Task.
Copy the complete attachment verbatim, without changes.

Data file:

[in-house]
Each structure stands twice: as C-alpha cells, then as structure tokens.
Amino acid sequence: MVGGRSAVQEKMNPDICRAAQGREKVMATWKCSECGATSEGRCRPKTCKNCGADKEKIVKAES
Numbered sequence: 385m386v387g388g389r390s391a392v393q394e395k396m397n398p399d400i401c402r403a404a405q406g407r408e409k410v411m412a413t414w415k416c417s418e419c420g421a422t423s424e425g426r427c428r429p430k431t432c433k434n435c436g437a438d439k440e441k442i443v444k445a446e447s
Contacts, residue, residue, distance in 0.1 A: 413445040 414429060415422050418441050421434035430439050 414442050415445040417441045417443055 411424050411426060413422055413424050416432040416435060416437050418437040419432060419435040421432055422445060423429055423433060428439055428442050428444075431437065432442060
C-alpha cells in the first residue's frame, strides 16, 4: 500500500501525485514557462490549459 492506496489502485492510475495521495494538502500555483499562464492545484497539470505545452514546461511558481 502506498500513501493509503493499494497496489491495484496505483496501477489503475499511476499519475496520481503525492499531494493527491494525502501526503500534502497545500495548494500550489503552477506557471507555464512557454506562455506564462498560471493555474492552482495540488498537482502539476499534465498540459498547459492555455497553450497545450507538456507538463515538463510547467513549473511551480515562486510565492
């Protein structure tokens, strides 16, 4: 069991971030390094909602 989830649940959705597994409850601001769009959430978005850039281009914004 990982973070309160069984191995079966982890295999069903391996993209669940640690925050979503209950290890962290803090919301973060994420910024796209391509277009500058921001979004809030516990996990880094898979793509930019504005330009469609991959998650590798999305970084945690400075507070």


[in-house]
Each structure stands twice: as C-alpha cells, then as structure tokens.
Amino acid sequence: MVGGRSAVQEKMNPDICRAAQGREKVMATWKCSECGATSEGRCRPKTCKNCGADKEKIVKAES
Numbered sequence: 385m386v387g388g389r390s391a392v393q394e395k396m397n398p399d400i401c402r403a404a405q406g407r408e409k410v411m412a413t414w415k416c417s418e419c420g421a422t423s424e425g426r427c428r429p430k431t432c433k434n435c436g437a438d439k440e441k442i443v444k445a446e447s
Contacts, residue, residue, distance in 0.1 A: 413445040 414429060415422050418441050421434035430439050 414442050415445040417441045417443055 411424050411426060413422055413424050416432040416435060416437050418437040419432060419435040421432055422445060423429055423433060428439055428442050428444075431437065432442060
C-alpha cells in the first residue's frame, strides 16, 4: 500500500501525485514557462490549459 492506496489502485492510475495521495494538502500555483499562464492545484497539470505545452514546461511558481 502506498500513501493509503493499494497496489491495484496505483496501477489503475499511476499519475496520481503525492499531494493527491494525502501526503500534502497545500495548494500550489503552477506557471507555464512557454506562455506564462498560471493555474492552482495540488498537482502539476499534465498540459498547459492555455497553450497545450507538456507538463515538463510547467513549473511551480515562486510565492
């Protein structure tokens, strides 16, 4: 069991971030390094909602 989830649940959705597994409850601001769009959430978005850039281009914004 990982973070309160069984191995079966982890295999069903391996993209669940640690925050979503209950290890962290803090919301973060994420910024796209391509277009500058921001979004809030516990996990880094898979793509930019504005330009469609991959998650590798999305970084945690400075507070």